open access

Vol 8, No 7 (2007): Practical Diabetology
Review articles (translated)
Published online: 2007-08-01
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Hypothesis: the "metabolic memory" - the new challenge of diabetes

M.A. Ihnat, J.E. Thorpe, A. Ceriello
Diabetologia Praktyczna 2007;8(7):289-294.

open access

Vol 8, No 7 (2007): Practical Diabetology
Review articles (translated)
Published online: 2007-08-01

Abstract

Large randomized studies have established that early intensive glycaemic control reduces the risk of diabetic complications, both micro- and macrovascular. However, epidemiological and prospective data support a long-term influence of early metabolic control on clinical outcomes. This phenomenon has recently been defined as 'metabolic memory'. Potential mechanisms for propagating this 'memory' are the non-enzymatic glycation of cellular proteins and lipids, and an excess of cellular reactive oxygen and nitrogen species, in particular originated at the level of glycated-mitochondrial proteins, perhaps acting in concert with one another to maintain stress signalling. Furthermore, the emergence of this 'metabolic memory' suggests the need for very early aggressive treatment aiming to 'normalize' glycaemic control and the addition of agents which reduce cellular reactive species and glycation in order to minimize long-term diabetic complications.

Abstract

Large randomized studies have established that early intensive glycaemic control reduces the risk of diabetic complications, both micro- and macrovascular. However, epidemiological and prospective data support a long-term influence of early metabolic control on clinical outcomes. This phenomenon has recently been defined as 'metabolic memory'. Potential mechanisms for propagating this 'memory' are the non-enzymatic glycation of cellular proteins and lipids, and an excess of cellular reactive oxygen and nitrogen species, in particular originated at the level of glycated-mitochondrial proteins, perhaps acting in concert with one another to maintain stress signalling. Furthermore, the emergence of this 'metabolic memory' suggests the need for very early aggressive treatment aiming to 'normalize' glycaemic control and the addition of agents which reduce cellular reactive species and glycation in order to minimize long-term diabetic complications.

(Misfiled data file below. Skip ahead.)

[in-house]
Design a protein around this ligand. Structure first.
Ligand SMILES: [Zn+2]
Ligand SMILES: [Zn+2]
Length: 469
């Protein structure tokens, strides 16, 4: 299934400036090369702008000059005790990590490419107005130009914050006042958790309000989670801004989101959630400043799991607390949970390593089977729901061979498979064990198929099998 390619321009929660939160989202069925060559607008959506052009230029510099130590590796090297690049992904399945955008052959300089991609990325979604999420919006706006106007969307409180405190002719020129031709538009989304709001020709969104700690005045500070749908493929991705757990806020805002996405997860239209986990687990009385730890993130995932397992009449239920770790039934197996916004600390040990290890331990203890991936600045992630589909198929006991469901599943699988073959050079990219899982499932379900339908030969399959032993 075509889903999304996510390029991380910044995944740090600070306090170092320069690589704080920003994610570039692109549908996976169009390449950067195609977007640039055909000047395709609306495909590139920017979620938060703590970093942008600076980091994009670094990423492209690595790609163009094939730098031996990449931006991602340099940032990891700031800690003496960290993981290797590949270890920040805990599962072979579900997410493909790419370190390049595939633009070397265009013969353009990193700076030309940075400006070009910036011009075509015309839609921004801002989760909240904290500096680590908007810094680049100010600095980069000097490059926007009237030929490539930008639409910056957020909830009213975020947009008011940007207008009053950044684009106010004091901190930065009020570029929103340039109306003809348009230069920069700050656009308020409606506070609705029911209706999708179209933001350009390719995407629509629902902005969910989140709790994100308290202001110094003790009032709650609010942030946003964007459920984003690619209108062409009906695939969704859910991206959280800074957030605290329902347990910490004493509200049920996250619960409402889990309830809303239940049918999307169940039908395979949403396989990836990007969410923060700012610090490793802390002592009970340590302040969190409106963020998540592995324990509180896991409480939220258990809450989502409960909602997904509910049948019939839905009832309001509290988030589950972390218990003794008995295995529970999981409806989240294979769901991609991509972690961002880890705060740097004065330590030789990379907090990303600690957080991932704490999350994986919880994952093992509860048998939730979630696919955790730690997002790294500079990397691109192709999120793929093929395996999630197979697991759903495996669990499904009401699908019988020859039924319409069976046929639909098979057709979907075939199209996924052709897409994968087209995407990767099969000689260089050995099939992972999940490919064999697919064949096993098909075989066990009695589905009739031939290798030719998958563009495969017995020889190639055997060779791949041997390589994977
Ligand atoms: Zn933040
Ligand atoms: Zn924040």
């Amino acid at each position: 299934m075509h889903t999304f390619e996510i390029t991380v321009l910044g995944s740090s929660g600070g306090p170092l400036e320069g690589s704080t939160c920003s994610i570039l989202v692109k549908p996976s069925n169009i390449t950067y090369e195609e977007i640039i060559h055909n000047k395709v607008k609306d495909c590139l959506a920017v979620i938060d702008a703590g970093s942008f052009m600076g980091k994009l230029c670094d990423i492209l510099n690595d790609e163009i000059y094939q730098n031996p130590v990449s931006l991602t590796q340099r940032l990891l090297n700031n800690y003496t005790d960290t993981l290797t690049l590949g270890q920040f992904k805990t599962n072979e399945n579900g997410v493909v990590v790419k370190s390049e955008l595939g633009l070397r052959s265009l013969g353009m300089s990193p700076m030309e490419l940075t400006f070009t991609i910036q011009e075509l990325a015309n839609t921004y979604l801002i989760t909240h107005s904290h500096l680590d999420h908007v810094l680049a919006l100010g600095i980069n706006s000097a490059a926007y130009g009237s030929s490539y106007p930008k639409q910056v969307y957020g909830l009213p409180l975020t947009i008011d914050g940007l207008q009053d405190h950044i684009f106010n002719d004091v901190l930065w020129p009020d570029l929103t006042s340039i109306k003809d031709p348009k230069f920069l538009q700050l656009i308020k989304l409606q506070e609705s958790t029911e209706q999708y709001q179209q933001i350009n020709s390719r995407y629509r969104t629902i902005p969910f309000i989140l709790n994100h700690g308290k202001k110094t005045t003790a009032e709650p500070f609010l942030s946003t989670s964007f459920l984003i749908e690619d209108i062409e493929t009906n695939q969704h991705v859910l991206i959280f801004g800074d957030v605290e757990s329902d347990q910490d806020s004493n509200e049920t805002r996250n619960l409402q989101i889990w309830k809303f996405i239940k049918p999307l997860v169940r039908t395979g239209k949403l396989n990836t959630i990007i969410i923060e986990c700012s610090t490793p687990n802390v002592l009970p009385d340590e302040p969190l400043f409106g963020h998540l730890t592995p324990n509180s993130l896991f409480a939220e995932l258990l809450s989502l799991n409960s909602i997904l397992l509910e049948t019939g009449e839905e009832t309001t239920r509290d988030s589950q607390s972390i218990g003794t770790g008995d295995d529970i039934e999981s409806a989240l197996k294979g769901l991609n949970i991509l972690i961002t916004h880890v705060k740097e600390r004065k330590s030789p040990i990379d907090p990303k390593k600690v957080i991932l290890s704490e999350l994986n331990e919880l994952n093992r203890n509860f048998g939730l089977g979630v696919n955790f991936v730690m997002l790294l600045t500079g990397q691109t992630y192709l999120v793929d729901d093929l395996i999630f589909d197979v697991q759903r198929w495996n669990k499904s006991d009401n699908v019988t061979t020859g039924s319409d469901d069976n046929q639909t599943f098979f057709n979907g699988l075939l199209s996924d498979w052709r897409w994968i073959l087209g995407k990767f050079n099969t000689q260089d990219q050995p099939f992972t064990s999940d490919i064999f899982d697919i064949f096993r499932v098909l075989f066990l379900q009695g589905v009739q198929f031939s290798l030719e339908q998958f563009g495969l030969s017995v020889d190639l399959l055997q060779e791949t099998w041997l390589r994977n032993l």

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Keywords

diabetic complications; metabolic memory; mitochondria; nonenzymatic glycation; oxidative stress

About this article
Title

Hypothesis: the "metabolic memory" - the new challenge of diabetes

Journal

Clinical Diabetology

Issue

Vol 8, No 7 (2007): Practical Diabetology

Pages

289-294

Published online

2007-08-01

Bibliographic record

Diabetologia Praktyczna 2007;8(7):289-294.

Keywords

diabetic complications
metabolic memory
mitochondria
nonenzymatic glycation
oxidative stress

Authors

M.A. Ihnat
J.E. Thorpe
A. Ceriello

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